Review Summary: The genre of big men with big voices grows with this promising debut.1 of 1 thought this review was well written
Following in the footsteps of the genre juggernauts VNV Nation
, Assemblage 32
, and Covenant
is something many up and coming futurepop groups have attempted. Arkansas local James Esper is the latest in this long line of aspiring artists, and after many years of having only a few singles available he finally released an entire album, Dying Life
Similar to vocalists/front men Tom Shear and Ronan Harris both in hairstyle and vocals, Esper isn't pushing the envelop when it comes to monotone-esque delivery. However the aspect that many will notice is the unique vocal tinge Esper gives his vocals, the chorus on “Siberia” being a prime example. This tinge helps keep Espermachine apart from its counterparts, carving a niche (however slight) of its own in the vocal department. The comparisons to the genre juggernauts don't stop there however; Tom Shear did the production for the album, helping make a few tracks (see “A Watery Grave”) draw direct comparisons between this and albums such as Meta
Regardless of how long the album has been in the works its consistency still comes as a bit of a surprise for a debut. From the somewhat playful beats of “Dying Life (Mix Two)” to the spacey opening synths of “A Thousand Days” Dying Life
never has a dull moment, though there are some less than wonderful parts as well. With Mr. Shear at the helm the production feels somewhat robotic, which is often at odds to Esper's emotional delivery, lyrical subject matter, or love for spacey coldwave style synths. This effect only becomes more pronounced when tracks of differing stlyes are palced next to another; “Shadows” only benefits from this EBM style production with it's more club friendly sound, whereas with “A Thousand Days” it feels at odds with the opening synth line and the higher points of the chorus.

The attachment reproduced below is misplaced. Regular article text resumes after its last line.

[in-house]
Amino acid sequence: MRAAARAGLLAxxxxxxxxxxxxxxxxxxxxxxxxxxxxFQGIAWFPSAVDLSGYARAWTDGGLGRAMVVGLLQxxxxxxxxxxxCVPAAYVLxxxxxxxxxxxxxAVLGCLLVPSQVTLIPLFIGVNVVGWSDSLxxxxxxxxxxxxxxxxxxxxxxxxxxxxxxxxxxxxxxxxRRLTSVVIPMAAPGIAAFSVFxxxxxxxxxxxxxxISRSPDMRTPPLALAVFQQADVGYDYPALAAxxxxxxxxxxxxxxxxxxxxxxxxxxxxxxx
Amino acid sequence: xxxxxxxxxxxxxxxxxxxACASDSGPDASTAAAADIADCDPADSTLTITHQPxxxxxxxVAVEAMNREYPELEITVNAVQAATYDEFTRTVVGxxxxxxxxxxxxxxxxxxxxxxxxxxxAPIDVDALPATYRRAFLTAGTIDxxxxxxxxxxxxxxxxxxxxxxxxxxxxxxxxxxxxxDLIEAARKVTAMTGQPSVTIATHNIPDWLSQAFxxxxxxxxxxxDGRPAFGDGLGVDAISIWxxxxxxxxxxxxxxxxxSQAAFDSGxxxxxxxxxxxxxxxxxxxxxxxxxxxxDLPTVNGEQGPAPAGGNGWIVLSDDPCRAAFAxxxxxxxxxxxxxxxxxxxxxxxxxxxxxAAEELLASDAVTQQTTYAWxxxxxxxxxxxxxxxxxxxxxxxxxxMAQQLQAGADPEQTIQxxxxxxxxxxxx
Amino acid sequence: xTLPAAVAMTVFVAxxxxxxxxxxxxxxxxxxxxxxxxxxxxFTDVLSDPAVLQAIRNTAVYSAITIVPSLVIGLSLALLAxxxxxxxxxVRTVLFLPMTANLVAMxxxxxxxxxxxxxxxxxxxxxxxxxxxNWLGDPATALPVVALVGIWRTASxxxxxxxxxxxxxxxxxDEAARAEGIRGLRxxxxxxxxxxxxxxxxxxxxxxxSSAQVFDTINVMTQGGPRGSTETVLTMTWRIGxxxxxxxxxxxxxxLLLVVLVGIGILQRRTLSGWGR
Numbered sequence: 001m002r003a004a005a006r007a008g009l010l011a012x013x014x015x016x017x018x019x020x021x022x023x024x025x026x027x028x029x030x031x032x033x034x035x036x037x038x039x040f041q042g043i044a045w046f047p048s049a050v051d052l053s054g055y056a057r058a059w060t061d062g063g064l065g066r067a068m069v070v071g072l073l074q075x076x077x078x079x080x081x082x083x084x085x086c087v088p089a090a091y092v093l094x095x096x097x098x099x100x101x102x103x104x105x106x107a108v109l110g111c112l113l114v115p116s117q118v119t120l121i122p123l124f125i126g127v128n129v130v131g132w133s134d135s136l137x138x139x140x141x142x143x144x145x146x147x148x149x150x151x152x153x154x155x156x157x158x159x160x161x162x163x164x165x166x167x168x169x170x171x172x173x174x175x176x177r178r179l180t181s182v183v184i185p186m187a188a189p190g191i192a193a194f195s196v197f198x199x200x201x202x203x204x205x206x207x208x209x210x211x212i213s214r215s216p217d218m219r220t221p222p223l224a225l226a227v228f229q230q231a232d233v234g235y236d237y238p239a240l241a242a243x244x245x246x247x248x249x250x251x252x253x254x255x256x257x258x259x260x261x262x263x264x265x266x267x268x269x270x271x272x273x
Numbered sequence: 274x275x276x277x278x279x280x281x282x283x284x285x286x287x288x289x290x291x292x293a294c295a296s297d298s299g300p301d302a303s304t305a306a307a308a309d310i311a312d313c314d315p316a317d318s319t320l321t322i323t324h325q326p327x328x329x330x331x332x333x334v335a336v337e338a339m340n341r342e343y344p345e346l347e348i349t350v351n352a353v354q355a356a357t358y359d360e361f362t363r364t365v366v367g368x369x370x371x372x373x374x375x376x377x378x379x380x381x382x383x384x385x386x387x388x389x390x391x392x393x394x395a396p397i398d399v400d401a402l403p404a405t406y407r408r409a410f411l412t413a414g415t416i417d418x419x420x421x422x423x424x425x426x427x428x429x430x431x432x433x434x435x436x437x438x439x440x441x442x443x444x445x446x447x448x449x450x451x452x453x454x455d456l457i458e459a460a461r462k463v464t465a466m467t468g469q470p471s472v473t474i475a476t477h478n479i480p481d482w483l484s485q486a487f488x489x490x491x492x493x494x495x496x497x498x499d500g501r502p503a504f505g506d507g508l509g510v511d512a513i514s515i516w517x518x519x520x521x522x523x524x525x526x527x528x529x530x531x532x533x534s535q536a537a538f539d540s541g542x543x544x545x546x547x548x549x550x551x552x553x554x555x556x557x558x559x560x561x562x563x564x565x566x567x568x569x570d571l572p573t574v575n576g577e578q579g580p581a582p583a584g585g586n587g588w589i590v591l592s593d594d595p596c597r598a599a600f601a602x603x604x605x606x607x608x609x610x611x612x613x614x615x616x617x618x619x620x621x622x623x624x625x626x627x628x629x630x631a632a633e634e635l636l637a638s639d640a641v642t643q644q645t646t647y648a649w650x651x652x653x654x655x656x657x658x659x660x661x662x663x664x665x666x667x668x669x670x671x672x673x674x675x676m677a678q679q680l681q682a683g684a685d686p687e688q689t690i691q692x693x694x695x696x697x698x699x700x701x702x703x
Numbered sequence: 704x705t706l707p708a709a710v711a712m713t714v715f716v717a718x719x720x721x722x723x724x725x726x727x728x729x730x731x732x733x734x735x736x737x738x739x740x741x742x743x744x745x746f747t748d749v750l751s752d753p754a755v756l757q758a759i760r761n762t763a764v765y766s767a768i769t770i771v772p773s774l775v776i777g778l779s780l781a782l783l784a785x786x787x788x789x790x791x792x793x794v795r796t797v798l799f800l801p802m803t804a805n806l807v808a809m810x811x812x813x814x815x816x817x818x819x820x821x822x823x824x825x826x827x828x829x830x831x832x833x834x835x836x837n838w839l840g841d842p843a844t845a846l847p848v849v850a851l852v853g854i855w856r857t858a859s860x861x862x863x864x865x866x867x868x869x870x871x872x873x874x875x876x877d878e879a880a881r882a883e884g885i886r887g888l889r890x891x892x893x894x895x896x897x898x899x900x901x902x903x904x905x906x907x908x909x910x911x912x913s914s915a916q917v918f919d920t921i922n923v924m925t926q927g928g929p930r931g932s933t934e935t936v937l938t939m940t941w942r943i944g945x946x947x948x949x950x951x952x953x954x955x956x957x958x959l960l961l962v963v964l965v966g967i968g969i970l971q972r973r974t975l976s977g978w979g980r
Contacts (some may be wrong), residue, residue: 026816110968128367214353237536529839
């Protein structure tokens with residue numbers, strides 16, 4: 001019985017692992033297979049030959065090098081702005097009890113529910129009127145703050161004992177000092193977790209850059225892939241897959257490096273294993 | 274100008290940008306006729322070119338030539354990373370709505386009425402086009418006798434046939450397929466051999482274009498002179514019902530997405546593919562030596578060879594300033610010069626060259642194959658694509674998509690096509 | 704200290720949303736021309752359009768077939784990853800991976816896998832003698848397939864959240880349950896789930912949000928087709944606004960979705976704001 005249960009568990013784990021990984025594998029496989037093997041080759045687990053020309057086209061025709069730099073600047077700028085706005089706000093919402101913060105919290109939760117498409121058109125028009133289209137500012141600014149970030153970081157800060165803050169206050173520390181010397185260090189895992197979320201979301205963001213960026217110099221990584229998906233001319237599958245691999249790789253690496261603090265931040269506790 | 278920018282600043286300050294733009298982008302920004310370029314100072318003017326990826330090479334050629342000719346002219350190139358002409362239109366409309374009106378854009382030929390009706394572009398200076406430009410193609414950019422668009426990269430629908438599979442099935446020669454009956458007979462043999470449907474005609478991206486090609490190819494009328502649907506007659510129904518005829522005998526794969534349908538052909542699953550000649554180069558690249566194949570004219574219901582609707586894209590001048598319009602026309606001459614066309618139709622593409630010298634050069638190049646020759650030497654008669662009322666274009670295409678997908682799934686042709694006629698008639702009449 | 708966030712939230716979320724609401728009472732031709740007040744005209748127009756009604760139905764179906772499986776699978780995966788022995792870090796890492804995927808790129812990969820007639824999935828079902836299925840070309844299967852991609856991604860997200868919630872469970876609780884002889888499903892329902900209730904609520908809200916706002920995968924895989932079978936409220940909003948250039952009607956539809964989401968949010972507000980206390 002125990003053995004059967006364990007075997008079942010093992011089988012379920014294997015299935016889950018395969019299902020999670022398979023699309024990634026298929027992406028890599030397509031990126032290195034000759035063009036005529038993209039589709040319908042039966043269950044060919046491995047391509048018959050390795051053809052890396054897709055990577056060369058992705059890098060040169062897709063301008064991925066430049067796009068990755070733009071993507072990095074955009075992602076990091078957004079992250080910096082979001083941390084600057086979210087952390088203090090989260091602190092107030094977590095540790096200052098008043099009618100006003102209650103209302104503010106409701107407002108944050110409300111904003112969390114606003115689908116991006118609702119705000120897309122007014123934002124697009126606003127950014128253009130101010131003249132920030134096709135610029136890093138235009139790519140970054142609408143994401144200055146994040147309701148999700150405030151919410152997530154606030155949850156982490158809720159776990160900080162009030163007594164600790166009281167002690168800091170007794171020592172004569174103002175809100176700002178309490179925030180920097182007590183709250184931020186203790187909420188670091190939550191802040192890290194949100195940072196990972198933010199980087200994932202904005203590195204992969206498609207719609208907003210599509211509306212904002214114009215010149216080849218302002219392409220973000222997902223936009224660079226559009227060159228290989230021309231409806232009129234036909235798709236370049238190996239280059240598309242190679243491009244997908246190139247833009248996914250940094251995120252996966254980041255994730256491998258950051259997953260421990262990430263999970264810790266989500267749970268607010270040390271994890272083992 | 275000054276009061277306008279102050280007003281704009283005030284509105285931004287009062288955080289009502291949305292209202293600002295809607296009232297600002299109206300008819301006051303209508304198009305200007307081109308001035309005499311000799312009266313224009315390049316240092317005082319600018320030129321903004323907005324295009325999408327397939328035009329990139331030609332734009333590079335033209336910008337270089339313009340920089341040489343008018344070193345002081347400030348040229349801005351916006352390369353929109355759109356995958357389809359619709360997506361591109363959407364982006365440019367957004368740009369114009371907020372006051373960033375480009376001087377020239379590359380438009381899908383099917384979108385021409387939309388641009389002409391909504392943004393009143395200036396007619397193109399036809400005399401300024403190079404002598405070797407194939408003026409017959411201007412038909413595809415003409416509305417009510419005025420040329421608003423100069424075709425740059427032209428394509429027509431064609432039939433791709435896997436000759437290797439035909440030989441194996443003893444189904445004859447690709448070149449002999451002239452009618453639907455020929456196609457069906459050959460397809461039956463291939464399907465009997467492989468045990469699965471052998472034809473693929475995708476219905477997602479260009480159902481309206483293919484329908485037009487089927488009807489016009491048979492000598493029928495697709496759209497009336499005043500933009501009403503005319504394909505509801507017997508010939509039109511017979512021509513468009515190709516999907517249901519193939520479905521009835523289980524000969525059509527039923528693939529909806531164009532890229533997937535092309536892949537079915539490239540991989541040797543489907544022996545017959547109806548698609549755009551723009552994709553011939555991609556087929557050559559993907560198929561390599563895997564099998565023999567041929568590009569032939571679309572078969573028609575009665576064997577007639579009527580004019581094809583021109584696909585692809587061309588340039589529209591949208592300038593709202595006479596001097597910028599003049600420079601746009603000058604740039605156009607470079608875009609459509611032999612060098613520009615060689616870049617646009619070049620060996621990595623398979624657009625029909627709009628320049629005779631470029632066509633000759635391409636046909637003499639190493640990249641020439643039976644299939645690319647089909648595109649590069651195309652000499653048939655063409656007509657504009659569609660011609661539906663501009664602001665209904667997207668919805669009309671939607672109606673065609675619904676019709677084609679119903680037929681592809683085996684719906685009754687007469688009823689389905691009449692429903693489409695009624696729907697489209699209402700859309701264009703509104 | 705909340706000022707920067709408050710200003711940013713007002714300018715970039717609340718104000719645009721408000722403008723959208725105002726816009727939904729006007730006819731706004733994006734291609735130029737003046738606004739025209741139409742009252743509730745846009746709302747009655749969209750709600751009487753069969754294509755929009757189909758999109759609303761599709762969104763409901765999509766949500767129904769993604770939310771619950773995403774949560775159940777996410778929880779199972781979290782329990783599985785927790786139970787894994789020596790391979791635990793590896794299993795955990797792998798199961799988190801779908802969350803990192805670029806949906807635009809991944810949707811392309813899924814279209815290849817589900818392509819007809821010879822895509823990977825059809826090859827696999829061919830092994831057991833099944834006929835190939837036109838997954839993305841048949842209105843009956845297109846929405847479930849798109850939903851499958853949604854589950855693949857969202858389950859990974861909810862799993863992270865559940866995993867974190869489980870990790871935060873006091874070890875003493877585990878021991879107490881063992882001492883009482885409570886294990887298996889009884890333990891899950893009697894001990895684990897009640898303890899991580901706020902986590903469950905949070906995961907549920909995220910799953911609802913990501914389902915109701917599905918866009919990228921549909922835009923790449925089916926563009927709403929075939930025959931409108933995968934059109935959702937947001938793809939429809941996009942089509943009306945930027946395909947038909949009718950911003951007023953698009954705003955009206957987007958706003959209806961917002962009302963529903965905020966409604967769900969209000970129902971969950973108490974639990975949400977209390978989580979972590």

This duality between the relatively harder hitting and the more atmospheric tracks will either make or break the album for many an audience member, as no track is under four minutes long. Such length is not wasted either, as “Haunting You” aptly shows. Beginning with a driving mechanized beat, various highhats and other drum hits are added as Esper croons “I'm right behind you, I follow behind you, I search for you... I shadow you”
. The synth lines build as his vocals take on a truly haunting quality, only to be cut out for a brief instrumental interlude. The opening theme is revisited as the vocals return, this time with a whispered accompaniment following Espers every line. “Haunting You” is something avid listeners of the genre won't have heard all that often, and though not groundbreaking moments like these are welcome changes.
is a strong album, an almost excellent debut if the production would not have been at odds with what Esper is trying to portray. Strong lyrics and a distinct yet familiar vocal style should make fans of futurepop swoon, and for the synth lover this album holds many a gem within its layers. The mixing is at first glance well done, but as the album progresses it slowly shows that the last four tracks are all in a similar style, leaving the album a bit more cohesive there than at the beginning. In spite of these issues the album has a lot of potential, though often leaves the listener wondering what it would have been like had it not been plagued with such a strange production/identity issue. Espermachine has crafted a strong debut, one well worth your time even in light of its main flaw, and for new futurepop that is truly a good thing.